A friend got a 4th gen AppleTV in late 2015 – a friend that enjoys retro video games, but that doesn’t own any consoles. I tried Provenance on my iPad and was pretty satisfied, and figured it would be pretty nifty on the AppleTV. This friend is not a developer, and at the time didn’t own a computer new enough to interface with a modern iOS device. Even if she did, she objected to paying $100 / year for the permission to run a self-built app (an objection I share), so I figured I would handle the building and installing part during one of my occasional visits to her town (~6 hours away by car).
You’re probably already thinking about how this is likely to blow up, and you’re right: roughly 1 year after I deployed the app to the AppleTV, the provisioning profile expired, and then nobody could play pokemon anymore. I felt truly terrible about this. DRM sucks.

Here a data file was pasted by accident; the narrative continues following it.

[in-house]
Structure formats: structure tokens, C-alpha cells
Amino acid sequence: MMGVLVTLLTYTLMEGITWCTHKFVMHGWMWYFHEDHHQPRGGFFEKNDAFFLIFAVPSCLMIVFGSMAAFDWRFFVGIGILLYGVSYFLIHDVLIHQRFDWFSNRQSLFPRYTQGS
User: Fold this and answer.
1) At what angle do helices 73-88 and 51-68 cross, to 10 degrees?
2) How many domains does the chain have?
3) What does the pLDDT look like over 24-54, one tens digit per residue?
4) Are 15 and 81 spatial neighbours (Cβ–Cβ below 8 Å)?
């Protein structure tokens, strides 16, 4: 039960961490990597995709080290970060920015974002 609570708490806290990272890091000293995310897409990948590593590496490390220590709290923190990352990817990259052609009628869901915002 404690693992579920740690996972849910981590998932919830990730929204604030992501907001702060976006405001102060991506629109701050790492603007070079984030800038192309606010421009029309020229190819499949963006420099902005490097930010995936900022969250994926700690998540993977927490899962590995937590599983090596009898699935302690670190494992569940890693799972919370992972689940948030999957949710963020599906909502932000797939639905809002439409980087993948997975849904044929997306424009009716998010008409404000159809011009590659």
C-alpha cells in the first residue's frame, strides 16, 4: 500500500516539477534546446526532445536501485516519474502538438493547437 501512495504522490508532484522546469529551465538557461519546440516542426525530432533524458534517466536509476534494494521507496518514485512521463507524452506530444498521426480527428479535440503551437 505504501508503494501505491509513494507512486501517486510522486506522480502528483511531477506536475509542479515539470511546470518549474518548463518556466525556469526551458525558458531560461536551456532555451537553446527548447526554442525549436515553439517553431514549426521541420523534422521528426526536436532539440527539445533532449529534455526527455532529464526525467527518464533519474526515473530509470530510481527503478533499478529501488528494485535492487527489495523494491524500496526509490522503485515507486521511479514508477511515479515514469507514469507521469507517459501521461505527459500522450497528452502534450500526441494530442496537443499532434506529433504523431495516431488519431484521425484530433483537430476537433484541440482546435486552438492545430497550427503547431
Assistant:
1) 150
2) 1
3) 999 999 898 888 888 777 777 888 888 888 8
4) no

Then just a few days ago, the black macbook was replaced with one of the fancy new ones – new enough to speak directly to an AppleTV, new enough to run the current version of Xcode. With the help of a reverse SSH tunnel, I screen shared to her machine to build and install the current version of Provenance, only to find out that the current version uses a different bundle ID. I had no luck convincing Xcode to replace the old Provenance app bundle with the newly built one, using the existing data container.
To my pleasant surprise, Xcode’s Download / Replace Container feature actually saved the day, and I was able to export the ~2 GB container from the old broken-for-years Provenance version, and hand that container to the new Provenance version. This is sort of a bare minimum level of data portability, but it’s more than I expected, so “props”. My friend is pretty excited about picking up where she left off with the pokemans!